Egypt between the hammer and the anvil
In recent weeks, Egypt has become a particularly frequent “guest” in the Russian media. Associated with this Middle Eastern country news often given the character of sensation. That publication, citing "authoritative sources", announced the return of Russia to the military base in Sidi Barrani, already used by the Soviet Naval Fleet until 1972. Then, again, as a fait accompli, it was reported that Cairo for a symbolic price of one dollar would give Moscow the notorious Mistrals, which Egypt had bought after breaking the Russian-French contract. At the same time, a general refrain was the approval of the establishment of allied relations between the two countries.
Most of the high-profile news was eventually refuted by the Egyptian authorities themselves. Commenting on the base, President Abdul-Fattah Al-Sisi recalled that the country's foreign policy concept prohibits the deployment of foreign military facilities. “There are not and will not be any military bases of Russia or other states in Egypt,” he said in an interview with the largest local newspaper, Al-Ahram. No less annoying disappointment turned into a "deal" with the "Mistral". According to the same Al-Sisi, helicopter carriers will be used by Egypt to protect remote offshore gas fields. In addition, according to some data, Saudi Arabia allocated money for the purchase of ships, which, of course, would hardly have agreed with the transfer of them to Russia.
However, it is wrong to explain everything with the lack of professionalism of the journalists who are sensational to the sensation. The primary sources of information in almost all cases were the Egyptian publications. This massive throw-in was clearly sanctioned from above and falls into the outline of Cairo’s general political course with its floundering from side to side.
At the heart of this inconsistency are Egypt’s relations with Saudi Arabia. The Arab Spring, which directly affected the country, led to the removal of President Hosni Mubarak from power. In the first presidential election after the revolution, the victory was won by the candidate of the Muslim Brotherhood, Mohammed Mursi. But the Islamists' shocked world triumph did not last long. The defense minister, commander-in-chief of the Egyptian army, Al-Sisi, who was appointed president by the president, overthrew his patron in July 2013 and declared a real war to the Muslim Brotherhood. The latter were declared a terrorist organization, their leaders, including the ex-president, were sentenced to lengthy imprisonment. And in 2014, as a result of the virtually uncontested elections, Al-Sisi became the head of the country.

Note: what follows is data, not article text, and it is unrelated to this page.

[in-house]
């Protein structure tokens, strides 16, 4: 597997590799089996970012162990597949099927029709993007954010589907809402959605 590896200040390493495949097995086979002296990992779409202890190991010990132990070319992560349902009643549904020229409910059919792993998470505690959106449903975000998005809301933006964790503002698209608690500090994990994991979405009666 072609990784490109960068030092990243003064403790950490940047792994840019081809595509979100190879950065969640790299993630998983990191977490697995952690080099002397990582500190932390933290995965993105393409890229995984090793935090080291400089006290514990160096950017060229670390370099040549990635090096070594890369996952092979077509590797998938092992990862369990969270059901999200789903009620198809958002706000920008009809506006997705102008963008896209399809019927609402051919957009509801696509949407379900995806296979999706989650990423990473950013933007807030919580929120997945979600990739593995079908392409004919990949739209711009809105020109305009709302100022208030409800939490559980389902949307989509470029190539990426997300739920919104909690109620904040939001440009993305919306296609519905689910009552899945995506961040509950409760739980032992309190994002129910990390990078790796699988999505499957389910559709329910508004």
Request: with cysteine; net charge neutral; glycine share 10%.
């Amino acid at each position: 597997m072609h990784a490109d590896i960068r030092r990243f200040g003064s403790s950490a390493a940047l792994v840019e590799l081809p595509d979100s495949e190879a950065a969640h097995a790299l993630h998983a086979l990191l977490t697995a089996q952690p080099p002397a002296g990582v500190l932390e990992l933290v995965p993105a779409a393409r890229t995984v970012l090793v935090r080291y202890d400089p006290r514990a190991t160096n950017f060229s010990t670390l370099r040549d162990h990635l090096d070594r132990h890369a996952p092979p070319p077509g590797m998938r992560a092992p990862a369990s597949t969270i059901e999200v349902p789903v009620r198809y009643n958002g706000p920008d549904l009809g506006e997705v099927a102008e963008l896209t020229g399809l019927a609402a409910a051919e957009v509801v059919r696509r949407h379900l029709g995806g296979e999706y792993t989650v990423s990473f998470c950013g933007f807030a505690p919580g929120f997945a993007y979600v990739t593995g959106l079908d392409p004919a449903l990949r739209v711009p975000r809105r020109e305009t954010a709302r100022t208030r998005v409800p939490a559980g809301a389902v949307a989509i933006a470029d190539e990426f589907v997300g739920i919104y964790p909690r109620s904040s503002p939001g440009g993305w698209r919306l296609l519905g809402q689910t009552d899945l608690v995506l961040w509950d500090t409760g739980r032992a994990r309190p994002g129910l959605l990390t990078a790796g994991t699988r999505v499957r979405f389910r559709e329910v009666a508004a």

These events, in addition to the intra-Egyptian, had an international dimension. The coming to power of the Islamists was supported by Turkey, the United States, and most importantly, Qatar, where the spiritual leader of the Muslim Brotherhood, Yusuf al-Qaradawi, lives. The overthrow of Muammar Gaddafi in Libya, we recall, also took place with the active participation of Qatar. Thus, the 2-millionth emirate with an area of three times smaller than the Moscow region made a request to become an influential geopolitical player.
The Saudi authorities took this as a challenge to their own hegemony in the Arab world. Began a sharp, though largely hidden opposition. As a result, 25 June 2013, the emir of Qatar, abdicated the throne, and a week later the power of the Muslim Brotherhood was overthrown in Egypt.
Union of unequal
Riyadh was not only one of the first to support the new authorities, but also became their main financial donor. The visit of King Salman Al Saud to Egypt in the spring of this year consolidated the economic dependence of Cairo. Thus, over the next five years, the monarchy will monthly supply the Arab Republic of 700 with thousands of tons of petroleum products at the expense of the loan under 2 percent per annum. The total value of the contract is 23 billion dollars. Another 16 billion will be invested in a joint investment fund. Nearby projects include the construction of 13 industrial complexes, two power plants and a new port in Ismailia in Egypt.